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Drug Deliv. 2015 May;22(3):298-305. doi: 10.3109/10717544.2013.879965. Epub 2014 Jan 29.

An in situ crosslinked compression coat comprised of pectin and calcium chloride for colon-specific delivery of indomethacin.

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  • 1Key Laboratory of Smart Drug Delivery of Ministry of Education and PLA, School of Pharmacy, Fudan University , Shanghai , China and.


The use of pectin for colon-specific drug delivery has been extensively investigated; however, when used alone, pectin is often compromised due to its high solubility. This study explored the feasibility of using an in situ compression-coated crosslinking system, composed of pectin and calcium chloride, for colon-specific drug delivery. A pectin/calcium chloride (P/Ca) coating was compressed onto a core tablet. The colon specificity of the compression-coated tablet was verified by dissolution, pharmacokinetics and scintigraphy with (99m)Tc labeling. The in situ pectin and calcium chloride gel slowed the release of indomethacin. The lag time varied between 3 h and 7 h depending on the amount of calcium chloride and the coating weight. Pectinase triggered the release of indomethacin from the compression-coated tablet, which was then accelerated by the calcium chloride in the coating layer. The compression-coated tablet had a prolonged tmax and apparent t1/2, as well as a decreased Cmax and AUC0-t, compared with the core tablet counterpart. Evaluation with γ-scintigraphy verified colon-specific delivery of the compression-coated tablet. In conclusion, the P/Ca in situ crosslinking system worked well for colon-specific drug delivery.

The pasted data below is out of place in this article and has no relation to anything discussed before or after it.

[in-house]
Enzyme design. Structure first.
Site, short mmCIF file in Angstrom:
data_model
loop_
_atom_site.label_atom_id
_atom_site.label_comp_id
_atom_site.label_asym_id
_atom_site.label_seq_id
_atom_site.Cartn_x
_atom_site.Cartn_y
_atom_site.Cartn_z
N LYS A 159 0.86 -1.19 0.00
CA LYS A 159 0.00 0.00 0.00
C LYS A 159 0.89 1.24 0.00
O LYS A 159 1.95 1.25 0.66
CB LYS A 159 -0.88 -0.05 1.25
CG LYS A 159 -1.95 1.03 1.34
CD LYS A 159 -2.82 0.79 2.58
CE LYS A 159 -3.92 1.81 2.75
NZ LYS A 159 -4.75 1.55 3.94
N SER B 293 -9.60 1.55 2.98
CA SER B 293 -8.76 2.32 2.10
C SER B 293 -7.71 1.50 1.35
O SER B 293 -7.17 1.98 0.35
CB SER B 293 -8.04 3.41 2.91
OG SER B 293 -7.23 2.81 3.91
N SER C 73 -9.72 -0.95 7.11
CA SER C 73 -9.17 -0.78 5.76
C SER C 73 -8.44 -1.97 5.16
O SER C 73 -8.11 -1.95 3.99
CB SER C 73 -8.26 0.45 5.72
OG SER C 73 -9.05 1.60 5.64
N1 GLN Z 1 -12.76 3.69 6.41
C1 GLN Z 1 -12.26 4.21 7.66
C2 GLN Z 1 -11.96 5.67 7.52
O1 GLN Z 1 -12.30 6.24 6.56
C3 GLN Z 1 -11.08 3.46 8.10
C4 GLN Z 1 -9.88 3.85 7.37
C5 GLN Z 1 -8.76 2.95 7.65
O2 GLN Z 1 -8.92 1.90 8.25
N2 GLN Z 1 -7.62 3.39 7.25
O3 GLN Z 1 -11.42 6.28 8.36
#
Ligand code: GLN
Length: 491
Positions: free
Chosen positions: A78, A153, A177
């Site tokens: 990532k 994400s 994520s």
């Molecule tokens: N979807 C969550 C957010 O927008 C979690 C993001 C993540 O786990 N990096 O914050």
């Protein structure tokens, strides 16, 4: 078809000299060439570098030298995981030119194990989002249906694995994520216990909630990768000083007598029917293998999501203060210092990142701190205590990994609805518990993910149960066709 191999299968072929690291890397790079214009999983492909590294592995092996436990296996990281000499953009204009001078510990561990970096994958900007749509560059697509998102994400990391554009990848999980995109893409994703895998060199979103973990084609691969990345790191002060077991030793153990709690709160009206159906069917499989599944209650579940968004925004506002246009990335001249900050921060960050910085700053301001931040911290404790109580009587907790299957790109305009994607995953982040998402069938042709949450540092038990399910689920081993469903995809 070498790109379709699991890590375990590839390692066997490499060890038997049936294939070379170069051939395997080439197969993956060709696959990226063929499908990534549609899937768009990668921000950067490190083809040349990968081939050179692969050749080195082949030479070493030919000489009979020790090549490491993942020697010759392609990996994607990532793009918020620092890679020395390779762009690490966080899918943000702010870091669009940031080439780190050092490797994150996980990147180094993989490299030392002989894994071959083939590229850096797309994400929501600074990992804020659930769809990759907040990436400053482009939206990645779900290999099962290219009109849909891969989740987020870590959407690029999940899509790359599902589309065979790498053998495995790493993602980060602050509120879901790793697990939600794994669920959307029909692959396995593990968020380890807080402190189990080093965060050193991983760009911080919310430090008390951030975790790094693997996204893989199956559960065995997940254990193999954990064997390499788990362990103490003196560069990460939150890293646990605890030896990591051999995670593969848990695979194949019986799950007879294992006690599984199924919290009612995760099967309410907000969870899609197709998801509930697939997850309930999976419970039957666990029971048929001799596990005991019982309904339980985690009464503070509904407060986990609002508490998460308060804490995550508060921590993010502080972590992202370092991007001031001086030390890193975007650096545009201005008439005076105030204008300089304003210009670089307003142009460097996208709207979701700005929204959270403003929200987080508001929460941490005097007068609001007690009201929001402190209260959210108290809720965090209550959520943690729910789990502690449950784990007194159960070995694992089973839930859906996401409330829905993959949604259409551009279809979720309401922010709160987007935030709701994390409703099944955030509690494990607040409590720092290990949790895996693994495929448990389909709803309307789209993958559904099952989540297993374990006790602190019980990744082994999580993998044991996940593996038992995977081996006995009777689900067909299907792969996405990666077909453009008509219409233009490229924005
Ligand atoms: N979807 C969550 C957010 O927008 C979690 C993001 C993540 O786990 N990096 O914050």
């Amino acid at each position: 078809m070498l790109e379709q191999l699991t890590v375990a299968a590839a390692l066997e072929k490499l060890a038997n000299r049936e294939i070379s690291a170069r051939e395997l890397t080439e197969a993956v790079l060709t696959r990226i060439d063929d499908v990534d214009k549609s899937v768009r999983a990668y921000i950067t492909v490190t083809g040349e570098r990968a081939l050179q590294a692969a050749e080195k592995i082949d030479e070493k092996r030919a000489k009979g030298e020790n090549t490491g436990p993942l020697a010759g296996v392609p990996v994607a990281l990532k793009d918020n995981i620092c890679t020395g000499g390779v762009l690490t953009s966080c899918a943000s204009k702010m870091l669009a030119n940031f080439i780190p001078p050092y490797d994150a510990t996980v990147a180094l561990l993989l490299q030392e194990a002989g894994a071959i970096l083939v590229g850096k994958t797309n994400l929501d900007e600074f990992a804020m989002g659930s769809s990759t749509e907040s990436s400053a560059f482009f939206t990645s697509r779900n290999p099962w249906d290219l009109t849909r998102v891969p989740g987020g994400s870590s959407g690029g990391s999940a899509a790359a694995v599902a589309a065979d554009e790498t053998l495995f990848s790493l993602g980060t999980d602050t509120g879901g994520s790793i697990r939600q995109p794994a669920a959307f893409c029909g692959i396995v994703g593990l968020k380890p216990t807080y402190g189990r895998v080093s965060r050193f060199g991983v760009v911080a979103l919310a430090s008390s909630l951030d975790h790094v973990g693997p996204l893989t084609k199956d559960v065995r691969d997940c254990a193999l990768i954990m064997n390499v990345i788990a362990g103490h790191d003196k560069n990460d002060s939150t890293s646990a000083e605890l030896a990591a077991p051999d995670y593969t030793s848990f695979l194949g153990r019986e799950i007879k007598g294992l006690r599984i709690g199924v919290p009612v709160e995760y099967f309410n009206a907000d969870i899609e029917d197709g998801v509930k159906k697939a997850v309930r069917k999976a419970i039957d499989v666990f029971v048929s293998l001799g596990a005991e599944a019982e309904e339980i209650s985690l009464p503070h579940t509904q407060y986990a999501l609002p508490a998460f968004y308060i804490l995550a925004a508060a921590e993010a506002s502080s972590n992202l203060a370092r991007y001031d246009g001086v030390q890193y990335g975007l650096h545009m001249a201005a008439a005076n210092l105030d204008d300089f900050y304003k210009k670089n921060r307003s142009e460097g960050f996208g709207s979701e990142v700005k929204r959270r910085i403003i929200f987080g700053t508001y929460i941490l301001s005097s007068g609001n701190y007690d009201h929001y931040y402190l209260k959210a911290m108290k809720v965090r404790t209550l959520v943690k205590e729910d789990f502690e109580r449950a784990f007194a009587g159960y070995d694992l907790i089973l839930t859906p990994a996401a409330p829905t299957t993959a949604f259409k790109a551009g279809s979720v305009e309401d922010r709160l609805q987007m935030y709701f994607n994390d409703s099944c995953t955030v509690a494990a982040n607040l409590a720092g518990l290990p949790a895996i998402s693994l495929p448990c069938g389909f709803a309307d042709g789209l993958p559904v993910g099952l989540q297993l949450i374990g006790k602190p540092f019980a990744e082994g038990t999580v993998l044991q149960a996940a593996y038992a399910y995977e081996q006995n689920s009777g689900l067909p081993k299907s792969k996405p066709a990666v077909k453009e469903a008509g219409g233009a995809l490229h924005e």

Calcium chloride; colon; compression coated; in situ crosslinking; indomethacin; pectin; tablet

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